Who was Grace Kelly? She was an extremely gifted, enigmatic, and versatile actress who embodied the feminine ideals of the 1950s – beauty, elegance, and sophistication – in ways few thespians could match; and an unconventional royal whose real-life fairytale enchanted her fans.
Born into a prominent Philadelphia family, Kelly rebelled against her genteel upbringing and disapproving parents and pursued a life on the stage and screen. Her luminous beauty and talents soon caught the eye of Los Angeles executives, and of actor Gary Cooper. By the early 1950s, Kelly was starring in Alfred Hitchcock thrillers and garnering Oscar acclaim. Her fame led to another opportunity: meeting Prince Rainier of Monaco. Sparks evidently flew, and Kelly married him in a deal that involved an unusual and very lavish dowry.
The star-turned-princess eventually died tragically in a car accident. But even though her life was brief, it was as fascinating and tumultuous as it was charmed. These facts about Grace Kelly's early years, wedding, and legacy just might change the image you have of America's most regal screen queen.
She Had To Pay $2 Million And Take A Fertility Test To Marry Prince Rainier
Marriage to Prince Rainier III of Monaco meant observing some eccentric and outdated traditions, to put it mildly. In 1956, for example, not producing an heir was not an option, so Kelly was required to take a fertility test. She also had to give up her American citizenship.
Moreover, Kelly's family was required to pay a dowry of $2 million. Kelly's father was outraged by this demand and initially refused to pay up, allegedly saying, "My daughter doesn't have to pay any man to marry her." However, Kelly eventually prevailed upon him ... and reportedly ended up forking over half of the dowry herself. (Rainier's friend Aristotle Onassis supposedly chipped in as well).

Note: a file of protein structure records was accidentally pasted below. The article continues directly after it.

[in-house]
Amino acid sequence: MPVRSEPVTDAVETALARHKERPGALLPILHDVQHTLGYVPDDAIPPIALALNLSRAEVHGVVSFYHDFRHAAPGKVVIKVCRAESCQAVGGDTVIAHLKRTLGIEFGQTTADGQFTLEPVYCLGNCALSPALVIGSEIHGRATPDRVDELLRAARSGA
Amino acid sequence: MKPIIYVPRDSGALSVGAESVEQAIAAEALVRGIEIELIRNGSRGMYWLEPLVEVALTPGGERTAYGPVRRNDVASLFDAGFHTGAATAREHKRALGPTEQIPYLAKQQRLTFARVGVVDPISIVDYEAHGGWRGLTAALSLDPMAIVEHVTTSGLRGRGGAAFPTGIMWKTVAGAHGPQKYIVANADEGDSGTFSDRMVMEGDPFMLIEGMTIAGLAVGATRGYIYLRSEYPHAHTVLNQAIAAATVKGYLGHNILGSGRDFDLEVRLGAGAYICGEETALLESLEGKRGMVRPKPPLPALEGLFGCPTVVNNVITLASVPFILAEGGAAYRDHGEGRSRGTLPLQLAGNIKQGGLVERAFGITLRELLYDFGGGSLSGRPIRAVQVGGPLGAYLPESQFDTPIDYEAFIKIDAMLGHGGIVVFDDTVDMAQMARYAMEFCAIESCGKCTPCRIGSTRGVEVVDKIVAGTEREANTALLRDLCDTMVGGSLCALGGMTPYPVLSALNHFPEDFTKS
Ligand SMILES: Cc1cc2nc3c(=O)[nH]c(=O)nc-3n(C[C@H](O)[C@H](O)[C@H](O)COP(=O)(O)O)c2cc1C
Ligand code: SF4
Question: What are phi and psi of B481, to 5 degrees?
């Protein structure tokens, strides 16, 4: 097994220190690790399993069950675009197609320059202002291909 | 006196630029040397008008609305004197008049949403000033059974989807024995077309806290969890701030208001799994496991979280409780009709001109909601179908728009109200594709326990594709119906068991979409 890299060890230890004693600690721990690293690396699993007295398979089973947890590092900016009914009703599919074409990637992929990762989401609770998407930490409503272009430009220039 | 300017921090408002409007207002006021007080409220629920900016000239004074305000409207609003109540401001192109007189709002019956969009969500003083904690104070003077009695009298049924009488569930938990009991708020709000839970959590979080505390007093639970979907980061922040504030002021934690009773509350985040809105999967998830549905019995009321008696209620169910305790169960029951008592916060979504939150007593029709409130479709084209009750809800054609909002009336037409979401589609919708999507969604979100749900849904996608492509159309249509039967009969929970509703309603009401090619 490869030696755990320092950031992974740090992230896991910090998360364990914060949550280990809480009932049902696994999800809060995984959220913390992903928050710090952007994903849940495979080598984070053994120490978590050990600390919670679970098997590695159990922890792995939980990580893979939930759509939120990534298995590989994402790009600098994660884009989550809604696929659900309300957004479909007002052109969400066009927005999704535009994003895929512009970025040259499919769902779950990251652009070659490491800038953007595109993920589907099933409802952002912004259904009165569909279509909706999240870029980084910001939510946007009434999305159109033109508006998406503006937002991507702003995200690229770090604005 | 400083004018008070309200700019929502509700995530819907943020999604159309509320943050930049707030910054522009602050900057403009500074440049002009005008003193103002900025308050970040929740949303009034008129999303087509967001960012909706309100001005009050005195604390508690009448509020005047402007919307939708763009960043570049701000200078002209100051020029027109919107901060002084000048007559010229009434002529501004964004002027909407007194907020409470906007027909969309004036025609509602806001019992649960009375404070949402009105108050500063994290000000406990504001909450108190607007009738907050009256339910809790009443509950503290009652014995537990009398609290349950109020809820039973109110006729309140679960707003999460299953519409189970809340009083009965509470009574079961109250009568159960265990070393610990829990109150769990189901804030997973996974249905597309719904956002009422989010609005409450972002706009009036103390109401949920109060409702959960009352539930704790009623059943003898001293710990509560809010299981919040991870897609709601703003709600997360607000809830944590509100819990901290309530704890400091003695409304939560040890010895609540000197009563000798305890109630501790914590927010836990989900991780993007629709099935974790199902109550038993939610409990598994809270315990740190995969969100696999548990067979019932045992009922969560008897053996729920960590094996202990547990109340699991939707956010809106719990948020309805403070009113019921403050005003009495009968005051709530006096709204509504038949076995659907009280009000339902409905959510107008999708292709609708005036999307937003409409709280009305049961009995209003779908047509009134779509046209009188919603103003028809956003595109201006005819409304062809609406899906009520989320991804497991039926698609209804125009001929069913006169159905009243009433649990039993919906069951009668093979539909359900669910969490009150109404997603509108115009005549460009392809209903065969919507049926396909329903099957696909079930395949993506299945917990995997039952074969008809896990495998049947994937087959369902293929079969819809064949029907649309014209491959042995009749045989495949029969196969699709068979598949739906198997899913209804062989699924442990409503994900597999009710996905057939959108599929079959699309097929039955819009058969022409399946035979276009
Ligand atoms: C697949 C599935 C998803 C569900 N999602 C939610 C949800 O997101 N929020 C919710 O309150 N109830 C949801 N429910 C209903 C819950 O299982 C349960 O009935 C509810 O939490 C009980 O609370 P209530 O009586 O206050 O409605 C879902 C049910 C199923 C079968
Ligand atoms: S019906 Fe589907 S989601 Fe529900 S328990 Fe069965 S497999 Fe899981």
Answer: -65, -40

She Came From A Family Of Olympians And Artists
The Kelly family was quite athletically accomplished. Grace's father, Jack Kelly, won three Olympic gold medals as part of the U.S. rowing team, and her mother coached the women's teams at the University of Pennsylvania.
The family also had its share of cerebral and artistic talent: Grace's uncle George Kelly (to whom she is thought to have been particularly close), was a Pulitzer Prize-winning playwright, and uncle Walter C. Kelly was a vaudevillian performer who encouraged and mentored his niece throughout her career.
She Wasn't Considered Beautiful In Her Younger YearsPhoto: Sd.vishnevsky / Wikimedia Commons / CC-BY 4.0
Throughout her adult life, Kelly was frequently cited as one of the most beautiful women in the world – but she wasn't considered particularly attractive in her younger years, even after landing some work as a model. According to an A&E biography, her family and friends, who had never thought of her as being anywhere near movie star material, were stunned when they saw her on the big screen for the first time.
As one of her childhood friends recalled, "We had no idea she was as beautiful as she was. Grace always a bandana on, and had the glasses, and the sweater, nothing glamorous. And when she went to New York and we started to see her on television, and in magazines, it was, 'My heavens! That's our Grace?'"
She Rebelled Against Her Strict Parents
Despite her patrician on-screen demeanor, Kelly had rebellious streak .... one that would later serve to mesmerize audiences with its fire-and-ice dichotomy. She moved to New York City to pursue her dreams of acting, and, at her parents' request, moved into the Barbizon Hotel for Women, where "young ladies were supposedly protected from big city temptations." However, she soon grew tired of living within the limitations of her upbringing. According to biographer James Spada, "Grace's rebellious streak really showed up at the Barbizon. She broke a lot of the rules."
Her parents didn't take this well. When Kelly struck up a romance with one of her instructors at New York's American Academy of Dramatic Arts, for example ... and brought her new lover home to meet her family ... it was "a disaster," as Spada put it; and "only one in a series of relationships [Grace's parents] effectively destroyed. They just did not give Grace any freedom as to what man she would become involved with romantically, unless he was exactly what they wanted for her."